Nov 10, 2013 3:52 PM
LOUISVILLE, Ky. (AP) - Moshe Ohayon founded the Louisville Tutoring Agency in St. Matthews in 2005, attracting students from families who can afford to pay up to $100 per hour for extra help to get through school or to prepare for college entrance exams.
In the evenings, Ohayon, who was born in Israel and grew up in California and South Carolina, volunteered at the Catholic Enrichment Center in western Louisville, tutoring less well-off students who, he found, had significant lapses in understanding of basic concepts.
"Learning gaps are something you find everywhere," Ohayon said. "But how far did I have to go back? I had to go back to fractions in some cases."
Those students didn't have the resources to pay for years of one-on-one tutoring. Yet, when it came to applying to college, they would have to compete against kids with the kinds of advantages Ohayon was providing to his daytime clientele.
That "ridiculous" disparity soon felt like a betrayal of the American dream that had brought his family to America, he said. "After a while it really starts to bother you."
So three years ago, Ohayon started Educational Justice, a nonprofit that provides, for free, a small group of disadvantaged students in Louisville with the same rigorous, multiyear tutoring that his students in the tutoring agency receive.
The local Center for Nonprofit Excellence recently awarded Ohayon its Art of Excellence in Vision award.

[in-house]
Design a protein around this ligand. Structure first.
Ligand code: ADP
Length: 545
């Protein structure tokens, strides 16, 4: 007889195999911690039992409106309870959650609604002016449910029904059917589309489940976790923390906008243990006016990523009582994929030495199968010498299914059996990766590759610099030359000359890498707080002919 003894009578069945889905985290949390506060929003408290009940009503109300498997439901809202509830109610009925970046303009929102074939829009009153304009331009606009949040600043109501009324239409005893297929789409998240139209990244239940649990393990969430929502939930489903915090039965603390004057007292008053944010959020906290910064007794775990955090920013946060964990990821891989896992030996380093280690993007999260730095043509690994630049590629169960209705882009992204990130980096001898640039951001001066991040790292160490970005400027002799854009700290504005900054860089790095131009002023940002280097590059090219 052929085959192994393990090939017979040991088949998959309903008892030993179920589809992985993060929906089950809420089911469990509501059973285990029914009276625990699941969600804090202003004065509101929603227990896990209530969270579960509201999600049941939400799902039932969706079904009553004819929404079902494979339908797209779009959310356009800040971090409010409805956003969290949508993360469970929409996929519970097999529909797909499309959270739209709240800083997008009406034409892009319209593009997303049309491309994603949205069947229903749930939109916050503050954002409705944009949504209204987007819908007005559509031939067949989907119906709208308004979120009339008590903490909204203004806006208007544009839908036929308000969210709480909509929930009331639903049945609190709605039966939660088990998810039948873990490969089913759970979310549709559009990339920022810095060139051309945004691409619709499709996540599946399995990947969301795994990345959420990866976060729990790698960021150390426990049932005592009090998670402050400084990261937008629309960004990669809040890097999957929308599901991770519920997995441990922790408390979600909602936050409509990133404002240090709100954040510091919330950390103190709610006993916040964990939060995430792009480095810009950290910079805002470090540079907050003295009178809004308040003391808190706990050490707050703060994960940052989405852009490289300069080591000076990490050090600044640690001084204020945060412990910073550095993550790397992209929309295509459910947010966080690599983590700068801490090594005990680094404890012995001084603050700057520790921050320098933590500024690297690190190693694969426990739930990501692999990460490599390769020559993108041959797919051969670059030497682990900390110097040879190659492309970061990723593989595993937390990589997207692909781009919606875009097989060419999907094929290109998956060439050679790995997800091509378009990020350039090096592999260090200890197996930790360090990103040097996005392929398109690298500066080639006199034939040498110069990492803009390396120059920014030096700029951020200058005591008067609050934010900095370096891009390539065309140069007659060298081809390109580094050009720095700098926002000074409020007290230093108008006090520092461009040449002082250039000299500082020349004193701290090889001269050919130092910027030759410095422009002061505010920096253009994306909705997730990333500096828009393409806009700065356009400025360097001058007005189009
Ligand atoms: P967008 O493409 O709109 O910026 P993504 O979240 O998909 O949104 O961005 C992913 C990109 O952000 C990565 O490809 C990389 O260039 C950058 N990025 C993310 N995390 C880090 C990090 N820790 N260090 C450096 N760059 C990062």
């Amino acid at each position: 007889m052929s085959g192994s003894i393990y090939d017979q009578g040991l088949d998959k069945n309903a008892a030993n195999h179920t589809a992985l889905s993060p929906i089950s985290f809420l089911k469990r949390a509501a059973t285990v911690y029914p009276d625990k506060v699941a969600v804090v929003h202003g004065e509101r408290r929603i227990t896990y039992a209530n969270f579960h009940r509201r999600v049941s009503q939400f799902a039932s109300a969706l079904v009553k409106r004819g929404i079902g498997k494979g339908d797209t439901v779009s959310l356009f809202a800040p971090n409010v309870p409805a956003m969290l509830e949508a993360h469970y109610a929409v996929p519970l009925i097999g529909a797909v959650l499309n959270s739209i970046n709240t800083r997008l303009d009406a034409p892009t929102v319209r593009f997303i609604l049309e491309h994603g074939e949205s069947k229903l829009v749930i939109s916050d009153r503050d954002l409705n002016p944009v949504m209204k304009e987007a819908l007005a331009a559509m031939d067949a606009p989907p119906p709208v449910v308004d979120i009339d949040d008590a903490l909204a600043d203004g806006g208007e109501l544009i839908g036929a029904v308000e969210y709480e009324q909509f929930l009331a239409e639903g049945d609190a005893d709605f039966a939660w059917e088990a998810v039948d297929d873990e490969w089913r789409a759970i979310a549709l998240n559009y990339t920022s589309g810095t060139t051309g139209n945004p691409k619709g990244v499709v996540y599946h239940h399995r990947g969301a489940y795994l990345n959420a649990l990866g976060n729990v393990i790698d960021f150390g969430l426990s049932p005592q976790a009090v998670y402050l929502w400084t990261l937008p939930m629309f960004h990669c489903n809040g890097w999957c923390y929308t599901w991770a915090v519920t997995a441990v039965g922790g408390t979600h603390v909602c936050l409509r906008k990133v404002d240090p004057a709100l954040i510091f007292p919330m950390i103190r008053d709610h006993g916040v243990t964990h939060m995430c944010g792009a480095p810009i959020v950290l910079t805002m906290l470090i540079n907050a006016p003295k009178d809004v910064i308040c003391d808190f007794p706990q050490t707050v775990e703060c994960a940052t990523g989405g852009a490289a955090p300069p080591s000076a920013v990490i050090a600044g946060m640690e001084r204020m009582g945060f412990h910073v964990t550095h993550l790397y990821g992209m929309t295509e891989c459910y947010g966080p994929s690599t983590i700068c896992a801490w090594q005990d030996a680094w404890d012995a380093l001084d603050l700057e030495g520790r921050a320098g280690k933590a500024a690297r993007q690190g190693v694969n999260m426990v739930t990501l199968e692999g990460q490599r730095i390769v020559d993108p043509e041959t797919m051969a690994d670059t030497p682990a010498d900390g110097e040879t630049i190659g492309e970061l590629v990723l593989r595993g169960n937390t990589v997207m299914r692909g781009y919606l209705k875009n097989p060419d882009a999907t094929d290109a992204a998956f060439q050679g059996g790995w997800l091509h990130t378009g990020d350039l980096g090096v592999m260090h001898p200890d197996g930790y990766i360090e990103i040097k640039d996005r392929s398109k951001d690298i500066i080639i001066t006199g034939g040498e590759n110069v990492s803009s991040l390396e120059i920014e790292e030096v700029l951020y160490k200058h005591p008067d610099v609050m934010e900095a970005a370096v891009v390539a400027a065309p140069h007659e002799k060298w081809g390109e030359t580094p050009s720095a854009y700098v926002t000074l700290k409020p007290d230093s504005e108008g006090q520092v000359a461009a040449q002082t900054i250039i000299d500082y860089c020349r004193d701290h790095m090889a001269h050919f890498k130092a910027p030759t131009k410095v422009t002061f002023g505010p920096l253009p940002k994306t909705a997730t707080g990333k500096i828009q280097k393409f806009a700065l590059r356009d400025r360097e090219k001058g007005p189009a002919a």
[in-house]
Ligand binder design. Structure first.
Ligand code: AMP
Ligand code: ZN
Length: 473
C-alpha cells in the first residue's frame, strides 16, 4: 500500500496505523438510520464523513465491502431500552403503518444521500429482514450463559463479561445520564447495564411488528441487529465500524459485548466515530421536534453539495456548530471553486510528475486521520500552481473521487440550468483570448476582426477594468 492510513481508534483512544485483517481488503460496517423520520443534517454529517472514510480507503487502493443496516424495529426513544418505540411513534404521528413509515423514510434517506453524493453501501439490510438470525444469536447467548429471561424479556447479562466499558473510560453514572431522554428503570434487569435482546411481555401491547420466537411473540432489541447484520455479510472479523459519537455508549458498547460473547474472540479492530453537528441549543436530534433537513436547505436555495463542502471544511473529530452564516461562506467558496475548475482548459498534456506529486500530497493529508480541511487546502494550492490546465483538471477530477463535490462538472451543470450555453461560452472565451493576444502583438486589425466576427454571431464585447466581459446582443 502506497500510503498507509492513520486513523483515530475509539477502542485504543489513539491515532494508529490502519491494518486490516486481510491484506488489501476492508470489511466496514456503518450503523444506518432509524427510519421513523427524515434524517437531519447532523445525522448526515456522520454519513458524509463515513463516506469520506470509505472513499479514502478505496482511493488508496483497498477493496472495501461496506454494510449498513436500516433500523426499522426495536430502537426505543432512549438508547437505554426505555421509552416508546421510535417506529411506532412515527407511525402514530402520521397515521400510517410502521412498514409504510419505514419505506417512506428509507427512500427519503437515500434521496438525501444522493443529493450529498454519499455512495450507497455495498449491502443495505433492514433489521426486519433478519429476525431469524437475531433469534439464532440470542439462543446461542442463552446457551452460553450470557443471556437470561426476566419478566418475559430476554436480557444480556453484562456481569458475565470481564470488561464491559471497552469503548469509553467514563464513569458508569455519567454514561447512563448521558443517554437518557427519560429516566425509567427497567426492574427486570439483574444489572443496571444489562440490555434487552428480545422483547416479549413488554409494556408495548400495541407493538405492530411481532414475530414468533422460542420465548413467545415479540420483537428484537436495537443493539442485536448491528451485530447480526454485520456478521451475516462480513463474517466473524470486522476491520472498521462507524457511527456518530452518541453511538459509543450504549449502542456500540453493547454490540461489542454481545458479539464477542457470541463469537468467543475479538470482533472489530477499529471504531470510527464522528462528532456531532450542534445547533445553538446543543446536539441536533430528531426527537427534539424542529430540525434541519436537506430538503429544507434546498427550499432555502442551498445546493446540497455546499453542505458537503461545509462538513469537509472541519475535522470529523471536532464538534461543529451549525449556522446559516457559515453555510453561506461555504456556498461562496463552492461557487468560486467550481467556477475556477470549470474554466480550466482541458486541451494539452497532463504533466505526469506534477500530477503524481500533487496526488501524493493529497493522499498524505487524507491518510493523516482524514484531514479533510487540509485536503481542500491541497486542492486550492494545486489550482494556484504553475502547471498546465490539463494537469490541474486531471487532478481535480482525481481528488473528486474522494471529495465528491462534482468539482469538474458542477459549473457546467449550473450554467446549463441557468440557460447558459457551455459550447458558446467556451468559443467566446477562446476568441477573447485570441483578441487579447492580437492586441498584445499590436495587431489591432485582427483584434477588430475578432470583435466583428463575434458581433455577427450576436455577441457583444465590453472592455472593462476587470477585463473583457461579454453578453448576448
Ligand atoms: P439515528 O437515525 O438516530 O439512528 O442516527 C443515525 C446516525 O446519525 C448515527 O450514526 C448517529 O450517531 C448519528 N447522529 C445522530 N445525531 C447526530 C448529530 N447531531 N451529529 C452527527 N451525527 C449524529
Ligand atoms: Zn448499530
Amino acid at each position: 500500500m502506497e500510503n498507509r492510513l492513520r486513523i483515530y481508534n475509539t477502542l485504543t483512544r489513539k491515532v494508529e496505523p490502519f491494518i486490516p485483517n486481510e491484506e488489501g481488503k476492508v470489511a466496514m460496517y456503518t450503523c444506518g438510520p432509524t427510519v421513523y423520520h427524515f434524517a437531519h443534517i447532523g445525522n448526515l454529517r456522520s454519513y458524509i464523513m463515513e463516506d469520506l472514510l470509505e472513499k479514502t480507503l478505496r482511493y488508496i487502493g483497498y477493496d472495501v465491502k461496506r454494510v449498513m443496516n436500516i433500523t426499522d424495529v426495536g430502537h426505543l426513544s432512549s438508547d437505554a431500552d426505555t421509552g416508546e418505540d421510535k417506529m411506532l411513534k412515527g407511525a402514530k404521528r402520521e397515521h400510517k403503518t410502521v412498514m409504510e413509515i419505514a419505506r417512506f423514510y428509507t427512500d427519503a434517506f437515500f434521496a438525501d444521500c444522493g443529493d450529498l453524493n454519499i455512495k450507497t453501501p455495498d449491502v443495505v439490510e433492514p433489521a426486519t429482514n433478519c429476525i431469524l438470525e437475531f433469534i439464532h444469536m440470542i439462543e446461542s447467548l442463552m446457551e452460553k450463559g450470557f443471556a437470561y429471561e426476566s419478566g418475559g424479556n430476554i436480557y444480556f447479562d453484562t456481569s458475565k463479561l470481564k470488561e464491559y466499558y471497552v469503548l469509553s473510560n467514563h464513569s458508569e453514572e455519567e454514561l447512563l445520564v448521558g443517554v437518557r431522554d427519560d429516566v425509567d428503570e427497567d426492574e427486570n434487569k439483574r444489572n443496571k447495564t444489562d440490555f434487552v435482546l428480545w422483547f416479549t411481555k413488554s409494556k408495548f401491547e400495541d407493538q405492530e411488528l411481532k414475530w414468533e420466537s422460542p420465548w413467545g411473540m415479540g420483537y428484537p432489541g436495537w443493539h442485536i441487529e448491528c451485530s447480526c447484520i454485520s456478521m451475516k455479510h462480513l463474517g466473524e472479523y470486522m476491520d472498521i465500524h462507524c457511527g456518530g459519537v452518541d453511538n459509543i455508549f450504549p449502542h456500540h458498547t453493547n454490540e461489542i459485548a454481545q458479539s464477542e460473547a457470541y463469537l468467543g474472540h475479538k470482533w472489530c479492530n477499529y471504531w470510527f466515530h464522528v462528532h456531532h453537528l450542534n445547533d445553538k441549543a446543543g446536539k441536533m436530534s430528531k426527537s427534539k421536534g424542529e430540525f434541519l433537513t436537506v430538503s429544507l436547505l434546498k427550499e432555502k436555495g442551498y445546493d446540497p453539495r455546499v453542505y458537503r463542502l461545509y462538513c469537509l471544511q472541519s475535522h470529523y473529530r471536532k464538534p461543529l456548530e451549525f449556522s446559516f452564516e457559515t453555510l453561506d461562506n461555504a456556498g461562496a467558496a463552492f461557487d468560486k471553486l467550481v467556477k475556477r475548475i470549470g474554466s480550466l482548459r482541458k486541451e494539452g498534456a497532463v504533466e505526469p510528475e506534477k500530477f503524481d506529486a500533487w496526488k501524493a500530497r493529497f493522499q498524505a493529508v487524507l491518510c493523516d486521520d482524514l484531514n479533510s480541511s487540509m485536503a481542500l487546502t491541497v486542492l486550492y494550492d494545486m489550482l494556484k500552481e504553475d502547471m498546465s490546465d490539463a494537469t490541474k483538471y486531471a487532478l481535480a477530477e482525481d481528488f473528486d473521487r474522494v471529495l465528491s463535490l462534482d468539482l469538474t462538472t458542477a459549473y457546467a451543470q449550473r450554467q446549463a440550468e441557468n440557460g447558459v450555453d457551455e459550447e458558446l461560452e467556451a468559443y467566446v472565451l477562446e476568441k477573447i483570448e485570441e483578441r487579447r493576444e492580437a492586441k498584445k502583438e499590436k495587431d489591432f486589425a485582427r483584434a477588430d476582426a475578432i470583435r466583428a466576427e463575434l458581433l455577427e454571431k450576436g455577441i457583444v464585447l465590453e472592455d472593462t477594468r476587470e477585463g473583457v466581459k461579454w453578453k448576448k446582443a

"Moshe, he is really impressive," said Kevin Connelly, executive director of the center. "It's a story of someone who's really talented, passionate ... and accomplishes things beyond what you would have given them any realistic hope to have done."
Sandra Martinez is one of the beneficiaries of Ohayon's work.
As a sophomore at Louisville's Central High, she had good grades and a strong work ethic, but her prospects of going to college were dim.
Her parents, who brought her to the United States as an undocumented immigrant when she was 7, couldn't afford tuition, and Martinez scored too low on an ACT practice test - 17 out of a possible 36 - to qualify for a significant scholarship.
But as an Educational Justice scholar, Martinez received thousands of hours of free, intensive tutoring over the next three years and raised her ACT score to 28. That qualified her for a full scholarship to the University of Kentucky, where she now is in her first semester, with plans to major in international economics and French.
If she hadn't found Educational Justice, "to be honest, I don't think college would be an option at all," Martinez said.
Ohayon said the goal is to level the playing field for students like Martinez who are highly motivated but need help developing test preparation skills. With Martinez, for example, he taught her strategies for excelling on the ACT; pushed her to take advanced math courses; and helped polish her college essays.
"Why do they have a 3.9 GPA but they're getting an average or below-average ACT score?" Ohayon said. "Those are students who are doing their homework and they don't understand why they're not getting ahead. They're not getting the same kinds of strategies."
David Linton, a counselor at Central who worked with Martinez, agreed that some students need extra help developing their standardized test-taking skills - and that it's an issue with far-reaching applications.
"Going from (a score in) the upper teens to the mid-20s could mean the difference between getting a $2,000 scholarship and a $20,000 scholarship," Linton said. "We're talking significant money."
As Ohayon started Educational Justice, counselors at Central helped identify a handful of students who might benefit, including Martinez.
Every day after school, as well as on Saturdays, she reported to the Educational Justice office in St. Matthews, where she got help with her homework and prepared for the ACT until 7 or 8 at night. Her parents provided transportation from their home near Iroquois Park.